“O Lord, we ask for a boundless confidence and trust in Thy Divine Mercy, and the courage to accept the crosses and sufferings which bring immense goodness to our souls and that of Thy Church. Help us to love Thee with a pure and contrite heart, and to humble ourselves beneath Thy Cross, as we climb the mountain of holiness, carrying our crosses that lead to heavenly glory. May we receive Thee with great faith and love in Holy Communion, and allow Thee to act in us as Thou desirest for Thy greater glory. O Jesus, most adorable Heart and eternal fountain of Divine Love, may our prayer find favor before the Divine Majesty of Thy heavenly Father. Amen.”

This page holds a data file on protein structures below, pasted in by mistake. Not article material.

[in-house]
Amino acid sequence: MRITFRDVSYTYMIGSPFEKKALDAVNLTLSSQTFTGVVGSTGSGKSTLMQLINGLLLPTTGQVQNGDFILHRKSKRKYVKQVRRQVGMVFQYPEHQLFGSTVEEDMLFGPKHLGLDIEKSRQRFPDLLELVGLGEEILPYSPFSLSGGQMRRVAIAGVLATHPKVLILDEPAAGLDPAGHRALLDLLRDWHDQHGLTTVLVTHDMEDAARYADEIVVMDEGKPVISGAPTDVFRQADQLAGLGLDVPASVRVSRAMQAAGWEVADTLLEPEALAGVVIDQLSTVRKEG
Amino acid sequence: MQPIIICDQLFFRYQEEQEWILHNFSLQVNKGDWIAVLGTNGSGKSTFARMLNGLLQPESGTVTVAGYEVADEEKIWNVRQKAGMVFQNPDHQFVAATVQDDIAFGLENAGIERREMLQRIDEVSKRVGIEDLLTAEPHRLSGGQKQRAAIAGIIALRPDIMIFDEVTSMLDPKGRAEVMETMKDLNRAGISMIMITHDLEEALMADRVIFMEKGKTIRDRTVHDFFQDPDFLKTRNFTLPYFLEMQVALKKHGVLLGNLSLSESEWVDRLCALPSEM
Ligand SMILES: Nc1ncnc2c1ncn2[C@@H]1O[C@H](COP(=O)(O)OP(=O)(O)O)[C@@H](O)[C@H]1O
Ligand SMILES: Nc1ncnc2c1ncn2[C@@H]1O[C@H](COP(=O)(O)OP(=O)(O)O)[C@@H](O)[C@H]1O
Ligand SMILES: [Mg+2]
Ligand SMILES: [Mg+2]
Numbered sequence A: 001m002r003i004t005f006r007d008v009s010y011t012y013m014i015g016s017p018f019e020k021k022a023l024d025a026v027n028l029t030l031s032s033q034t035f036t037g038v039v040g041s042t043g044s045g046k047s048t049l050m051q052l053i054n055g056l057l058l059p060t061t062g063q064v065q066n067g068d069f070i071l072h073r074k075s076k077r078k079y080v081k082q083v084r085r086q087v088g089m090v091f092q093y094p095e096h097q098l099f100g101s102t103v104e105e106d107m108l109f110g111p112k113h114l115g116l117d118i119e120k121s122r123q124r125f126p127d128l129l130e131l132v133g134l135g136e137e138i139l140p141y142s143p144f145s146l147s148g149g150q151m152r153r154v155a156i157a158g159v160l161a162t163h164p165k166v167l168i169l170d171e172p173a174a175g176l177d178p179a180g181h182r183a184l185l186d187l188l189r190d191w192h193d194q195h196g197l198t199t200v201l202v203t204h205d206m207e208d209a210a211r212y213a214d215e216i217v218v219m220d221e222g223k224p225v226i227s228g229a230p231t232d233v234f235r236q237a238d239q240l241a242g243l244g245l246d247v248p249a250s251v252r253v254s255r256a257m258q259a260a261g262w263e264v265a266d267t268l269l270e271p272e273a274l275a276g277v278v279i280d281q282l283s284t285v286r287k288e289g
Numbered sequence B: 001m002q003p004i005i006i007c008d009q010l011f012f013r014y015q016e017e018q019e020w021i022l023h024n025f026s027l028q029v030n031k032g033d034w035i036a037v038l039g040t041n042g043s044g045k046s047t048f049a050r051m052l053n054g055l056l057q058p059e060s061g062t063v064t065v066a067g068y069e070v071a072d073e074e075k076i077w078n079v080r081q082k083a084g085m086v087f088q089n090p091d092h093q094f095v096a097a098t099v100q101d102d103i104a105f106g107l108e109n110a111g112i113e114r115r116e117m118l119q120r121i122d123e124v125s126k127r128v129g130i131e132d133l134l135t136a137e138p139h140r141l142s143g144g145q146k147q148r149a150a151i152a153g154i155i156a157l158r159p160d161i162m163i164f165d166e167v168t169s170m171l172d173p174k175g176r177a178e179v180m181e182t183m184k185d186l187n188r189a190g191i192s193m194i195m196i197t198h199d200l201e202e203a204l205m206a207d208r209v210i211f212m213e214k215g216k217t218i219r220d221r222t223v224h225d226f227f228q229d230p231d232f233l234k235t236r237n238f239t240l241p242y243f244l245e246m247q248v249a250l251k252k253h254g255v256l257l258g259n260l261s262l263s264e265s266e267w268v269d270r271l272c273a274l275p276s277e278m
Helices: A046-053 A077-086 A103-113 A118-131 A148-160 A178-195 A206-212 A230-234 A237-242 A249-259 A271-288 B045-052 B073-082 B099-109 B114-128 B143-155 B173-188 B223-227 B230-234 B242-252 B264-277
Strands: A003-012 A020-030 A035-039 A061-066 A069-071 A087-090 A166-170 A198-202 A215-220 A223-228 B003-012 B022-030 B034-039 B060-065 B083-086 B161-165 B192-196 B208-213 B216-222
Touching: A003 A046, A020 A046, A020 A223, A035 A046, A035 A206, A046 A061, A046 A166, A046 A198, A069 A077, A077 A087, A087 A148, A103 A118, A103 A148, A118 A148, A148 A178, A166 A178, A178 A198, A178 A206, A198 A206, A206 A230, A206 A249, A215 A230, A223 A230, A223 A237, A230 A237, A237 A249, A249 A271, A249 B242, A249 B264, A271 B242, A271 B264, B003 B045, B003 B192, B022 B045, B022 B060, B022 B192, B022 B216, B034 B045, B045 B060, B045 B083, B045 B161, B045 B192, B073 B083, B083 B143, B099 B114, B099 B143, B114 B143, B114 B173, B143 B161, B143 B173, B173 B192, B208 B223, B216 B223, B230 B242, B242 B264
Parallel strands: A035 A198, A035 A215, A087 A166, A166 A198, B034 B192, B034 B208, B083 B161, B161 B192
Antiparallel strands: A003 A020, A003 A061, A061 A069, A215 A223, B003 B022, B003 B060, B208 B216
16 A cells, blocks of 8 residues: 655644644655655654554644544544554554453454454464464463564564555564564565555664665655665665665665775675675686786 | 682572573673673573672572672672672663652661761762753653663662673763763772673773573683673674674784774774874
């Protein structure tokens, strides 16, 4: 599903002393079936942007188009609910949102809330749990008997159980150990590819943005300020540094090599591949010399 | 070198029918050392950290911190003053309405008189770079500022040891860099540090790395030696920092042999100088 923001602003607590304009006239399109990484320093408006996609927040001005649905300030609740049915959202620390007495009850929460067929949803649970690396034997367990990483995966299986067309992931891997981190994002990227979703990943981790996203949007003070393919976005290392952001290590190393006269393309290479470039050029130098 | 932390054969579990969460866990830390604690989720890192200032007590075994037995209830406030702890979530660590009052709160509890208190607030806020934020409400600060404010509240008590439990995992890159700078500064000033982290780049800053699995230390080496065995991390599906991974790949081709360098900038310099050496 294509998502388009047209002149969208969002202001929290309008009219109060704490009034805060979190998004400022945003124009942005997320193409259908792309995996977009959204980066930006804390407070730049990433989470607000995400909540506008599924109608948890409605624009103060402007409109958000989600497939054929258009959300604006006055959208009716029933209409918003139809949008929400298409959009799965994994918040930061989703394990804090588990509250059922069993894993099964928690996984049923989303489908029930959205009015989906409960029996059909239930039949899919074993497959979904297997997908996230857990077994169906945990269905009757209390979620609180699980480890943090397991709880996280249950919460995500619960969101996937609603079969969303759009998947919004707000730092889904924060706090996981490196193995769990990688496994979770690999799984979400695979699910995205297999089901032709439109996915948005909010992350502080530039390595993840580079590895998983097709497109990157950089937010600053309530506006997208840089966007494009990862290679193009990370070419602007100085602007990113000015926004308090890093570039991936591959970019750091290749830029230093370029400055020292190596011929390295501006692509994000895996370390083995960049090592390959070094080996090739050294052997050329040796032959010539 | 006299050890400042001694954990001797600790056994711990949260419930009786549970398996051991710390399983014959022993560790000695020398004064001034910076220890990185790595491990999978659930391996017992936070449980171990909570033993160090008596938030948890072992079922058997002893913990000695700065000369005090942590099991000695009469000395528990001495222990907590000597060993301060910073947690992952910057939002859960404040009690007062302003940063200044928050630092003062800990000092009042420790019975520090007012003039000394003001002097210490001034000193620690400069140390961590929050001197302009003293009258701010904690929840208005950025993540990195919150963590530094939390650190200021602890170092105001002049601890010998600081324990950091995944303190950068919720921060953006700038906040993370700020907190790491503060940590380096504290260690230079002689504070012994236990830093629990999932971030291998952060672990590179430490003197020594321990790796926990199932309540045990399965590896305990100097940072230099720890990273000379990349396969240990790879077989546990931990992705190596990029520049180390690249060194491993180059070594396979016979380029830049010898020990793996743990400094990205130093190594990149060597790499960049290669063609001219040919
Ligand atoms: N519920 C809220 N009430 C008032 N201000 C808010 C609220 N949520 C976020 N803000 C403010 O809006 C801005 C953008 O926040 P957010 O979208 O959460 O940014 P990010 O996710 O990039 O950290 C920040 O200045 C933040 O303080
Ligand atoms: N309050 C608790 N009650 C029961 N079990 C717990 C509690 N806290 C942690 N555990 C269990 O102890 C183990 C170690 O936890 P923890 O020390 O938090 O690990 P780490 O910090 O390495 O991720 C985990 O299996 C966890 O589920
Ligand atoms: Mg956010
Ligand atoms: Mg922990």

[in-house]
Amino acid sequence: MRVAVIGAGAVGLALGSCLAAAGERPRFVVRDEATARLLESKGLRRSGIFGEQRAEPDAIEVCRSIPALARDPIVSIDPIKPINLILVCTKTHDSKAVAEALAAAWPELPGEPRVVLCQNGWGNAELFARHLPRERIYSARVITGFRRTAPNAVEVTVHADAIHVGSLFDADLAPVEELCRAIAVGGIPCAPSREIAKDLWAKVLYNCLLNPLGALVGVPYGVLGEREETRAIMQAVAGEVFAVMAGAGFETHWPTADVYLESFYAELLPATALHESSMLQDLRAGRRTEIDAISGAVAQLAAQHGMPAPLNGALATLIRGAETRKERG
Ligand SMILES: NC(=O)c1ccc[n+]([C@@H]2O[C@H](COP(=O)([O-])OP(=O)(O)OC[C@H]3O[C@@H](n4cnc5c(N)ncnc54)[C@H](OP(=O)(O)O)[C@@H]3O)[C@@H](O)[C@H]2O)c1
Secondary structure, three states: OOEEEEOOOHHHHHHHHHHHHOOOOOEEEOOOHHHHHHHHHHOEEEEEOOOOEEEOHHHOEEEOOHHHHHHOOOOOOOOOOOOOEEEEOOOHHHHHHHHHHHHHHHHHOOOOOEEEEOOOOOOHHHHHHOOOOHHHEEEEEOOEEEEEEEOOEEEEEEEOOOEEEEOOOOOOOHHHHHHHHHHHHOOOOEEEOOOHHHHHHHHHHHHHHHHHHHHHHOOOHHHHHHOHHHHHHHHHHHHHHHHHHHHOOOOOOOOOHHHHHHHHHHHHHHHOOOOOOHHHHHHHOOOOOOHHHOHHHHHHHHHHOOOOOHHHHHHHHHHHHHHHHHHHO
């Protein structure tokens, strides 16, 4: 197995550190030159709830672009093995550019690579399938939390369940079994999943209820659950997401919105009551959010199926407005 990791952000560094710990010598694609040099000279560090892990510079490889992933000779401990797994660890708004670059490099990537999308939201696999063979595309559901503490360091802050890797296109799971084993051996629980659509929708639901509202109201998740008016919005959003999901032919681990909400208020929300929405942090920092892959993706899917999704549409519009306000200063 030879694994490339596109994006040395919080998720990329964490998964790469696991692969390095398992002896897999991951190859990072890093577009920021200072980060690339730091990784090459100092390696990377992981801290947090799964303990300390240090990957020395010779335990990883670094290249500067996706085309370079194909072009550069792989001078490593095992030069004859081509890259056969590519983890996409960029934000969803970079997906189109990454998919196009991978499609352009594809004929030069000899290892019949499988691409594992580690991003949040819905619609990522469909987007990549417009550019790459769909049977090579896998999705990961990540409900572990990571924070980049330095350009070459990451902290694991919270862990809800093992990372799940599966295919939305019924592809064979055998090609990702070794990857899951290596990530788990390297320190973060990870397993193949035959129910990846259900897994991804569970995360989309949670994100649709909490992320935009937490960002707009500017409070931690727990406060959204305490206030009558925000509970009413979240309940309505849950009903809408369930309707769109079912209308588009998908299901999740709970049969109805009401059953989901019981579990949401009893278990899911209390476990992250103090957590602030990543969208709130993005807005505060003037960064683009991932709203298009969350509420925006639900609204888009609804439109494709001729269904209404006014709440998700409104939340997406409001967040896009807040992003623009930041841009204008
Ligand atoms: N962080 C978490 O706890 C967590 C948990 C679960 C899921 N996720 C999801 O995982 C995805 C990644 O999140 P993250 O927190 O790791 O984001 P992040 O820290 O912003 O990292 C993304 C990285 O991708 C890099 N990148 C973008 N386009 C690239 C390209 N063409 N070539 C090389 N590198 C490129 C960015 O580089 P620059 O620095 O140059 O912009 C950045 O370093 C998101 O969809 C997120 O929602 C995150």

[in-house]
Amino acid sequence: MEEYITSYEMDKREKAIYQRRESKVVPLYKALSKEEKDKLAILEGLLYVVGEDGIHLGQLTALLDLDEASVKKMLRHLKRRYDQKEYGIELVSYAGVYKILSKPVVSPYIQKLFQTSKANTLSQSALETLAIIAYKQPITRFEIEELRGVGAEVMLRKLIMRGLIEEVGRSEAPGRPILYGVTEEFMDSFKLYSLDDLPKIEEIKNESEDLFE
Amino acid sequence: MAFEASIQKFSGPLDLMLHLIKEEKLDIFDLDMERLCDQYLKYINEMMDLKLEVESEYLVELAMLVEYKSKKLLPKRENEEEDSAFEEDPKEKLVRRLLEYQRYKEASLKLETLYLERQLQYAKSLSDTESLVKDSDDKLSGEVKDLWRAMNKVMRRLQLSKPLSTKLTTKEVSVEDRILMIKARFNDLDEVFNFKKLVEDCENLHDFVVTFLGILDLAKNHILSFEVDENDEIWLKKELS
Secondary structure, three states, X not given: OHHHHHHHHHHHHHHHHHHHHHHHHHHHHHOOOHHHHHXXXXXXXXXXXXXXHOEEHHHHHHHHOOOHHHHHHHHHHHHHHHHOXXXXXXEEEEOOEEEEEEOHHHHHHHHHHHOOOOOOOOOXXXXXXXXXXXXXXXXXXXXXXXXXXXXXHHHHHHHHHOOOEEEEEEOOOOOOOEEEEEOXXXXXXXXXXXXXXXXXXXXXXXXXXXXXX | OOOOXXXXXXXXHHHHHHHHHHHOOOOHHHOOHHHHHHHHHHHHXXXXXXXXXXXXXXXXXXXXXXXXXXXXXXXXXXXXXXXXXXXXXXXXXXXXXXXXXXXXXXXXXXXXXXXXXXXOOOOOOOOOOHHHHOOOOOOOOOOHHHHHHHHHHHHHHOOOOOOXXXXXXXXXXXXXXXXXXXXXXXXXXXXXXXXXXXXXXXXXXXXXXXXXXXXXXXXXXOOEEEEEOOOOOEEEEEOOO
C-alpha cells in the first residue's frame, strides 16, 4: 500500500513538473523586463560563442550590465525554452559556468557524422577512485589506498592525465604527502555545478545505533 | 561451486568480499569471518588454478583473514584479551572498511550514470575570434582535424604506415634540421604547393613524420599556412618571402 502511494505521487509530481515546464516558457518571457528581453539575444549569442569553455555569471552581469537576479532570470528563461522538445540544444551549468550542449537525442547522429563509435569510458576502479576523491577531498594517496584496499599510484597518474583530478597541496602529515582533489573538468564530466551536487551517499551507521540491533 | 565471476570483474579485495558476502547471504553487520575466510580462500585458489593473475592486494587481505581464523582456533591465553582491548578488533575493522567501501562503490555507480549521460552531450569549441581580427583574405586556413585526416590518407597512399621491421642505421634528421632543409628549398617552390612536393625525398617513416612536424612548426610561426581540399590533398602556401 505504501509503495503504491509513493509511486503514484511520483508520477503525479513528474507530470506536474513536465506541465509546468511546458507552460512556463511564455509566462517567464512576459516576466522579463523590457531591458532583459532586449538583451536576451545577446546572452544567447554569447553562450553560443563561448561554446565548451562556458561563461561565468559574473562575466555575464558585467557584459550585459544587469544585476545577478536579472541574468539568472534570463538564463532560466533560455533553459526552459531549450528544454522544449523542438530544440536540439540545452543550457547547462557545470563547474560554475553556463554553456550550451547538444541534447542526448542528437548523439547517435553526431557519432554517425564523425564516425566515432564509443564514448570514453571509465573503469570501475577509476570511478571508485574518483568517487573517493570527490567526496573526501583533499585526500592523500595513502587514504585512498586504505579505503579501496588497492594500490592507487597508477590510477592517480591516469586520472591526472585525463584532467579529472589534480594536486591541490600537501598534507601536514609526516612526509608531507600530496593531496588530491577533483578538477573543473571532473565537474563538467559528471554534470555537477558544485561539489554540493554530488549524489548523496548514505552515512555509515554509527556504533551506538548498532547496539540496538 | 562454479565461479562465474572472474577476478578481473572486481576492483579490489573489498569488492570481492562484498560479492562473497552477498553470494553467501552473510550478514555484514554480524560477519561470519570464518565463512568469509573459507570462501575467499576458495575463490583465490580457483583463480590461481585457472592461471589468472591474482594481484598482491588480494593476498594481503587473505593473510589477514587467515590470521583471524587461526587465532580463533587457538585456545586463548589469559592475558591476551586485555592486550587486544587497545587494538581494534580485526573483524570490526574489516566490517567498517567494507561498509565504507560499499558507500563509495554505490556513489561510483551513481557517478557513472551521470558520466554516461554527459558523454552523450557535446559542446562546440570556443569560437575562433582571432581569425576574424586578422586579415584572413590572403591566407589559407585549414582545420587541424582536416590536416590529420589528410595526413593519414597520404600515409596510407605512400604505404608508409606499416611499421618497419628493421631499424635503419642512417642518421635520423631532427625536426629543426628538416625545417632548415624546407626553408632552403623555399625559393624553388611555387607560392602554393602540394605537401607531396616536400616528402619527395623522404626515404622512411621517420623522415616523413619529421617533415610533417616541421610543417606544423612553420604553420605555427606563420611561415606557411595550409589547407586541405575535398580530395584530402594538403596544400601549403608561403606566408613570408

St. Philomena: Glory in Innocence

Allie Reis

Many Traditional Catholics know of St. Philomena, the martyr. But do we truly know and appreciate her story? Firstly, the name Philomena means “daughter of light” – a name which she certainly lived up to in her lifetime, and now in Heaven. She was the daughter of Greek royalty, and at a young age vowed her virginity to Christ. One day her parents were called to Rome to see Emperor Diocletian, who wanted to start a war on their island. As soon as he saw Philomena, he fell in love, and asked for her hand in marriage. Because of her vow she would not take his offer, and after many tries to win her over, Diocletian was enraged and threw her in prison. Many only think she was drowned with an anchor, but her martyrdom was much more painful than that. The following is taken from